North America -- United States of America -- State of Connecticut -- State of Connecticut -- Farmington {Id= 115}

Indigenous Name:  Tunxis Sepos
Territorial Homeland: Tunxis
Associated Tribal Affiliations:

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Farmington was settled by English colonists by 1640 and established as a town in 1645.  In 1779 Farmington’s South Society became Southington.  In 1785, what was known as New Cambridge became Bristol and that same year the Town of Berlin was created from Farmington, Middletown, and Wethersfield.  In 1830 Avon was created from the Northington part of Farmington, and in 1835, Bloomfield (formerly Wintonbury) was created from Windsor, Farmington, and Simsbury.  In 1869 Plainville was created out of Farmington’s Great Plain.


Native Place Names


  • “Fort Hill” is high ground east of Pequabuck Meadow.  It was there that the Tunxis removed their main village in 1658.  It was sometimes called the Little Meadow.  CPN.  Arthur Brandegee and Eddy N. Smith, Farmington, Connecticut, The Village of Beautiful Homes (Farmington, CT: Brandegee and Smith, 1906), 60.
  • “Indian Neck” is a tract of land containing about two hundred acres bounded east and south by the Tunxis River.  In 1650, Ahamo the Tunxis sachem, negotiated an agreement with colonists to protect the land there from encroachment.  But by 1672 English trespassing had become alarming, and the tribe sought the assistance of the Connecticut General Assembly.  The following year, the Neck was reconfirmed to the Tunxis tribe. During the 17th century, to the dismay of Tunxis authorities, some tribal members leased or occasionally sold off  in small parcels there.  In 1773 a committee appointed by the Connecticut General Assembly divided the remaining property among thirty-seven of the tribe in lots of various sizes.  Arthur Brandegee and Eddy N. Smith, Farmington, Connecticut, The Village of Beautiful Homes (Farmington, CT: Brandegee and Smith, 1906), 58, 62-63.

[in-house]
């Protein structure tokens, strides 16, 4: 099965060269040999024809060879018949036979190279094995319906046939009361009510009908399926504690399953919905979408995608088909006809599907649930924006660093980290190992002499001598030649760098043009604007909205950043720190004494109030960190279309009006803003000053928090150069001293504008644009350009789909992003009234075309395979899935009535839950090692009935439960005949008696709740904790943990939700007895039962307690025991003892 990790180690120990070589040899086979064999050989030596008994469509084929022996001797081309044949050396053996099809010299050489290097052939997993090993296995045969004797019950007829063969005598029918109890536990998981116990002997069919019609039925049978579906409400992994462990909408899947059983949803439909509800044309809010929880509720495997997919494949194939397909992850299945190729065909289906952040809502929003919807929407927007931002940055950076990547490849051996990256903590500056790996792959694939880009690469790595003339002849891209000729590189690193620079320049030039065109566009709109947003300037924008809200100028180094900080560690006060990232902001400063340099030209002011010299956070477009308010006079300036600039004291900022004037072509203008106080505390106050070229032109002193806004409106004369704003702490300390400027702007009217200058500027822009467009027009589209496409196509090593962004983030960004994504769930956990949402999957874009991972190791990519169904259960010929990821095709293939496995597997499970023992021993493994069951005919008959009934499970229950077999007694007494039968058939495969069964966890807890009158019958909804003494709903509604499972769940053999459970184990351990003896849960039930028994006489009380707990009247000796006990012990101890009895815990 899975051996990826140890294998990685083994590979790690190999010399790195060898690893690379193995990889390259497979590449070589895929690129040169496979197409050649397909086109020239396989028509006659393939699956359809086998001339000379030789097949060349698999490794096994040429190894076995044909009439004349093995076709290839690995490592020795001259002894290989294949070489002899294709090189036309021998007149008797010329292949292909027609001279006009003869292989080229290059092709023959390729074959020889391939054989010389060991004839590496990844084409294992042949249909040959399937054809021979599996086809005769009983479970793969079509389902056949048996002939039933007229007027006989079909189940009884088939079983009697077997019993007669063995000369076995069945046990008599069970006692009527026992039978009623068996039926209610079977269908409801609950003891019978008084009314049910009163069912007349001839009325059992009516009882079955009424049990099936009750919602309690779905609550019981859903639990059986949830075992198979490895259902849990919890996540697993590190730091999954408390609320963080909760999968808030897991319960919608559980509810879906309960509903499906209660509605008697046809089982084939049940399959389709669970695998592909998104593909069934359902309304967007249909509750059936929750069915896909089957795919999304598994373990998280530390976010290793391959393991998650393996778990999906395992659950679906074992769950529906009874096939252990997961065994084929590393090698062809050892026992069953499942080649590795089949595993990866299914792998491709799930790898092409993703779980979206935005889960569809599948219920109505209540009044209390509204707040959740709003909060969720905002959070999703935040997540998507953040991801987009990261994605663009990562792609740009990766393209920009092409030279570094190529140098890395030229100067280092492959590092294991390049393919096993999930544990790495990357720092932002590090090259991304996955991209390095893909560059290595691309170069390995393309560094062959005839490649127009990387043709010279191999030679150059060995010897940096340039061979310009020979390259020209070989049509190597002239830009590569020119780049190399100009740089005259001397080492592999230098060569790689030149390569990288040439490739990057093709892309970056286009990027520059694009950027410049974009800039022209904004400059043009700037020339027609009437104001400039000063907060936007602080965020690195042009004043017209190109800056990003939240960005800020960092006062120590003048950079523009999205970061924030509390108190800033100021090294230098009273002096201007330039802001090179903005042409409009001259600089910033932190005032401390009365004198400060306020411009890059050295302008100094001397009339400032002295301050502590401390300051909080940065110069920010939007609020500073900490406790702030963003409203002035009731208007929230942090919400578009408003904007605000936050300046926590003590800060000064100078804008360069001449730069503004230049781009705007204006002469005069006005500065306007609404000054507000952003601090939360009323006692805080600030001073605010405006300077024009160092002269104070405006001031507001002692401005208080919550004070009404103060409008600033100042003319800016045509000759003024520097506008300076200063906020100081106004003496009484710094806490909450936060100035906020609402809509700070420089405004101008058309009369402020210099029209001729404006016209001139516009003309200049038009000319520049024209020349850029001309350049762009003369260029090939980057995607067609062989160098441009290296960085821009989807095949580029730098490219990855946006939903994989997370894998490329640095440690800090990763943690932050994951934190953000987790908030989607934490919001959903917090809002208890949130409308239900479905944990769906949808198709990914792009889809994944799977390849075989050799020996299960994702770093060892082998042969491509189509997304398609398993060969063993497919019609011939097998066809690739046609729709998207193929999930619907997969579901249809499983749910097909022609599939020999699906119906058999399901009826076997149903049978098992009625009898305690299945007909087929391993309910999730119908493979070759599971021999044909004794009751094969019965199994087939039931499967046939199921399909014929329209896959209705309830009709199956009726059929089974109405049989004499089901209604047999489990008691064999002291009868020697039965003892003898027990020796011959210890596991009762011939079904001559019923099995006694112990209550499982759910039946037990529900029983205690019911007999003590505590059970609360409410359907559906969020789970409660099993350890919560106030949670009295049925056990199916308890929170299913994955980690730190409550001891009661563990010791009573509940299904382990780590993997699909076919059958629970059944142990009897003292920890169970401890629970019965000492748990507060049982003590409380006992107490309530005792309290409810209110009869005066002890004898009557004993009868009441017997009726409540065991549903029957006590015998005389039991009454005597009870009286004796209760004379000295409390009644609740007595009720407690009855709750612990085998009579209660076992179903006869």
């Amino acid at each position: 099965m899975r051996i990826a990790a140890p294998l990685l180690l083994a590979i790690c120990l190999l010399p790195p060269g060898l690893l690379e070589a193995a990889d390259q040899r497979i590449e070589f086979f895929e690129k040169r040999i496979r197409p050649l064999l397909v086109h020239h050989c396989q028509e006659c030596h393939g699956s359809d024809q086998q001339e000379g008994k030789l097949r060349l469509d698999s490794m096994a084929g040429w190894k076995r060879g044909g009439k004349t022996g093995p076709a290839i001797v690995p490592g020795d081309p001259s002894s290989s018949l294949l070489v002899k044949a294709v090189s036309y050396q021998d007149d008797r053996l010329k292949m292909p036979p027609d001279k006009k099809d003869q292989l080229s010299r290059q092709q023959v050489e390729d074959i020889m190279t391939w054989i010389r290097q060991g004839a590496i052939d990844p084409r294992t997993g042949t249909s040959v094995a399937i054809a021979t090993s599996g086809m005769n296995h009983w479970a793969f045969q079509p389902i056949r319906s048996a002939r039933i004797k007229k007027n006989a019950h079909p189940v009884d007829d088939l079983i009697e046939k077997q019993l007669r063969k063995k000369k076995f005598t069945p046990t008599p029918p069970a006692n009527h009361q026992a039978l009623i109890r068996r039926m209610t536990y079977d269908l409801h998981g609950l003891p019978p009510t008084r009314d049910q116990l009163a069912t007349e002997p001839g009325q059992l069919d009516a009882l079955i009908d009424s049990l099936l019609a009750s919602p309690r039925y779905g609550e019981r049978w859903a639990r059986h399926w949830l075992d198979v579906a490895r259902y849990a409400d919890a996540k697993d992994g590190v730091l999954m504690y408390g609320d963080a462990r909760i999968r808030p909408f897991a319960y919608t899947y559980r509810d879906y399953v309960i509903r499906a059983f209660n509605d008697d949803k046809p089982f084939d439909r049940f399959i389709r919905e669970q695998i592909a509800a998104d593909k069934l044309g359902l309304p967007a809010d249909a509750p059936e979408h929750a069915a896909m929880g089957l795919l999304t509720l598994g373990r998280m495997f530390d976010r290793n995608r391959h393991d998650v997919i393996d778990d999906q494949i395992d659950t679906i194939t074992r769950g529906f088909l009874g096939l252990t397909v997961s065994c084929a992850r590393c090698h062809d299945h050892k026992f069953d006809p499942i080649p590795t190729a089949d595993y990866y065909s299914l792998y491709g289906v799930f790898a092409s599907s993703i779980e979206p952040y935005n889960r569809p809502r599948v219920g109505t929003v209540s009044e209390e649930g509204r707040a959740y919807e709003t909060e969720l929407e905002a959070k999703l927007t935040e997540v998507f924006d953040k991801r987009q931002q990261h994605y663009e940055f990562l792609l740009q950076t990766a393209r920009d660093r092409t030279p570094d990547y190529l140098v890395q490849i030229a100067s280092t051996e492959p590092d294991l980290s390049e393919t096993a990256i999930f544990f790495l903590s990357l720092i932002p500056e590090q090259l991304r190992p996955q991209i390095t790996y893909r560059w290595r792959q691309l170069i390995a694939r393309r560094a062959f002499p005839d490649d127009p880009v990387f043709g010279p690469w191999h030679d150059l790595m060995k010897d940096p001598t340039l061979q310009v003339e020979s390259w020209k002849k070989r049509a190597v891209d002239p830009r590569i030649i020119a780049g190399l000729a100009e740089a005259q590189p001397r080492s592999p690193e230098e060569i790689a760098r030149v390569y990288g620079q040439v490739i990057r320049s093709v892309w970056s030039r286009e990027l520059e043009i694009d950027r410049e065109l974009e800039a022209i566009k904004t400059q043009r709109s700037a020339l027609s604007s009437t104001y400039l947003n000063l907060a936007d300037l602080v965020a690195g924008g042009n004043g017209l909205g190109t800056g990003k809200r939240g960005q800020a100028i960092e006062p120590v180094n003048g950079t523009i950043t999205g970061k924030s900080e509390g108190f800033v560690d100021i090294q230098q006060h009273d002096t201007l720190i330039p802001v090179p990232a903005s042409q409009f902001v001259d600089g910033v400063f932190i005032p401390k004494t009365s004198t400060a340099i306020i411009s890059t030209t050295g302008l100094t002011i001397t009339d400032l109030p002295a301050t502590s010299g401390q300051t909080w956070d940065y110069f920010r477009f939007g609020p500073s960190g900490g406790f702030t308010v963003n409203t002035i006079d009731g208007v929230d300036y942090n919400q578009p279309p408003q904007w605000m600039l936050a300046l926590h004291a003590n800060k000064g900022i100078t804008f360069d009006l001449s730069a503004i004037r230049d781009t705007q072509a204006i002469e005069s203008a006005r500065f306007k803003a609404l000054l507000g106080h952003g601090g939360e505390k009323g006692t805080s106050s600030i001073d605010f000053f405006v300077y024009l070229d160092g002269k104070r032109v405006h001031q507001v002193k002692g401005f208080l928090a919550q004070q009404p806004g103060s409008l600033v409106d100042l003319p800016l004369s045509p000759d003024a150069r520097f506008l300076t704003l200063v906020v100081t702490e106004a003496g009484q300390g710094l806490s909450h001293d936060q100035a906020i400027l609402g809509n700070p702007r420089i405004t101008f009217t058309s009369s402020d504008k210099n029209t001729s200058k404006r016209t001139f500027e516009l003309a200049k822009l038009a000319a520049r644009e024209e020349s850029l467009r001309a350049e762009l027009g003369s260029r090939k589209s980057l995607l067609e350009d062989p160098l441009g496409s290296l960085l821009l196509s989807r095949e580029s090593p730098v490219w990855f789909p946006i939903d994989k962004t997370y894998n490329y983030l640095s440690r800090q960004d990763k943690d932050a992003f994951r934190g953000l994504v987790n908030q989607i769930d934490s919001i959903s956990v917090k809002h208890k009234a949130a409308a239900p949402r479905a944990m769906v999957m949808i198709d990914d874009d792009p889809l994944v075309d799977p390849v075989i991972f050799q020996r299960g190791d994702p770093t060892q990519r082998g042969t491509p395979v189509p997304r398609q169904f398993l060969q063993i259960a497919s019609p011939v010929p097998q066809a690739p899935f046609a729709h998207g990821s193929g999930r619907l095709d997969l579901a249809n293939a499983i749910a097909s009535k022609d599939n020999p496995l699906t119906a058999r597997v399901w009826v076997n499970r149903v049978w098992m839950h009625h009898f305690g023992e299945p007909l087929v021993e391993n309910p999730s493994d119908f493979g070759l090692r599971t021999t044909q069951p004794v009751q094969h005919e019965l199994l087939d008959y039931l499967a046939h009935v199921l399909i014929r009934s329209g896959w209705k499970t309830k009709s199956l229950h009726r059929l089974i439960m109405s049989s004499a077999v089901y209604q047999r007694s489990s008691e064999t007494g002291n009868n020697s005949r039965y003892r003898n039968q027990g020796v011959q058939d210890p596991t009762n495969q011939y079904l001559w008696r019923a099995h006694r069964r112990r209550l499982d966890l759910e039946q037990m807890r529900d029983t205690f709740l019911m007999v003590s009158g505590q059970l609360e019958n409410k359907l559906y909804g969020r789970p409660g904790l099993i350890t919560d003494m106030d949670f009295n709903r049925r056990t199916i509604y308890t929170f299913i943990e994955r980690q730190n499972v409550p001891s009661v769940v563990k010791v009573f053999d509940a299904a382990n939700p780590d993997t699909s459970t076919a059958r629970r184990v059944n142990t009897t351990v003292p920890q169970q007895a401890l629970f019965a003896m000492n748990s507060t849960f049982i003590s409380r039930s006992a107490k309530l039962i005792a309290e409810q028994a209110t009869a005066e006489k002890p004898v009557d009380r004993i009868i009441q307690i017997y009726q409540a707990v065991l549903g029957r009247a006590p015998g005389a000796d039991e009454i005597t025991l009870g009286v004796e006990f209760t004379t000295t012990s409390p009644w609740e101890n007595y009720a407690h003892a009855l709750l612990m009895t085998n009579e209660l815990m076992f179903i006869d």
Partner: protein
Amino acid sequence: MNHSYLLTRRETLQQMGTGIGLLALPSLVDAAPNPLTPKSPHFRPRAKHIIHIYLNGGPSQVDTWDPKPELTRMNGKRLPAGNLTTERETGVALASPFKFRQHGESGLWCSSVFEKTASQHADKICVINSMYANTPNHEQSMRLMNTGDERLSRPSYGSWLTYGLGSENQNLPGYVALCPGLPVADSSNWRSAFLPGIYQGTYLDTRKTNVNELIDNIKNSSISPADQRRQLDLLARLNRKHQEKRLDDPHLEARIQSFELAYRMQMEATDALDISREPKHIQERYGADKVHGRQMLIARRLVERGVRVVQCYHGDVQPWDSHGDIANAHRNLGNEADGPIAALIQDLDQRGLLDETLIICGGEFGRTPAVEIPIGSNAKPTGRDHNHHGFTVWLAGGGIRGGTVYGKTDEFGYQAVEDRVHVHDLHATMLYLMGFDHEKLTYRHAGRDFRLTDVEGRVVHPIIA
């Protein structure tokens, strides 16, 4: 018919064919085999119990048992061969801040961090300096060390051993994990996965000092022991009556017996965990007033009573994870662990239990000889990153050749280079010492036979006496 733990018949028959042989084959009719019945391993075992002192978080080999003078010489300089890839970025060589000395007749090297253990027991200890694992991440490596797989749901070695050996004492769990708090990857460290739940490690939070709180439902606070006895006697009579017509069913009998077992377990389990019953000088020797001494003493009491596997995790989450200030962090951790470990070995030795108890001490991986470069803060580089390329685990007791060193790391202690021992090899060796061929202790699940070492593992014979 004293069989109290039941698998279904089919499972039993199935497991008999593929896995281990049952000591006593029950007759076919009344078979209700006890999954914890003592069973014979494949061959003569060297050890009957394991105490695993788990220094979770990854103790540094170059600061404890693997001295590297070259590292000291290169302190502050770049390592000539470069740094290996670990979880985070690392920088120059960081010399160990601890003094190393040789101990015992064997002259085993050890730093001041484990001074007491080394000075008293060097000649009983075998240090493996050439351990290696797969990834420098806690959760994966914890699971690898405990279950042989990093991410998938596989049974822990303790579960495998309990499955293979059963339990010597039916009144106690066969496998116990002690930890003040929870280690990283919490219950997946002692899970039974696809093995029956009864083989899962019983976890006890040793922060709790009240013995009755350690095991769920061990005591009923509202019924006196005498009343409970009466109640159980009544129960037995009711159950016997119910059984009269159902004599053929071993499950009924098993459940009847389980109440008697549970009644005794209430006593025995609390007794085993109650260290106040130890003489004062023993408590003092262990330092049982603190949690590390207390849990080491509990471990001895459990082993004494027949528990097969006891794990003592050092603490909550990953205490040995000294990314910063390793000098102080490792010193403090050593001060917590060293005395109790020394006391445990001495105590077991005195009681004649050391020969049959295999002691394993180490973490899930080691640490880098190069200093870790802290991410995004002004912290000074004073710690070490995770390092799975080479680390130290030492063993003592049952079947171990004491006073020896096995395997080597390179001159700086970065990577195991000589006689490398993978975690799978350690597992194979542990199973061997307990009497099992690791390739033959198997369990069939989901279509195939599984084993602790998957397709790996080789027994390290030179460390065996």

• Pequabuck (“river from a clear pond”) is a river that flows from Marshy Pond in Bristol through the village of Tunxis and join into the Tunxis-sepos.  It is also known as the Little River.  CPN.
  • Tunxis-sepos (“bow of the river” “Place where the river bends” ) is a fast-moving river in the middle of the Tunxis country.  Also called the Farmington River. The name Tunxis was used for land on or near the river at its southern bend and the Native people that lived there. JT/CPN
  • Wepansock (“narrow place”) is a circular hill in Farmington meadows, about half a mile from the main street, which covered about twelve acres.  It served as the center for determining the bounds of Farmington.  Also known as Round Hill. JT/CPN
  • “Will Warren’s Den” is a small cave on Rattlesnake Mountain which served as the stony residence of William Warren and his Tunxis wife.  Arthur Brandegee and Eddy N. Smith, “The Legend of Will Warren’s Den,” Farmington, Connecticut, The Village of Beautiful Homes (Farmington, CT: Brandegee and Smith, 1906), 42-43.

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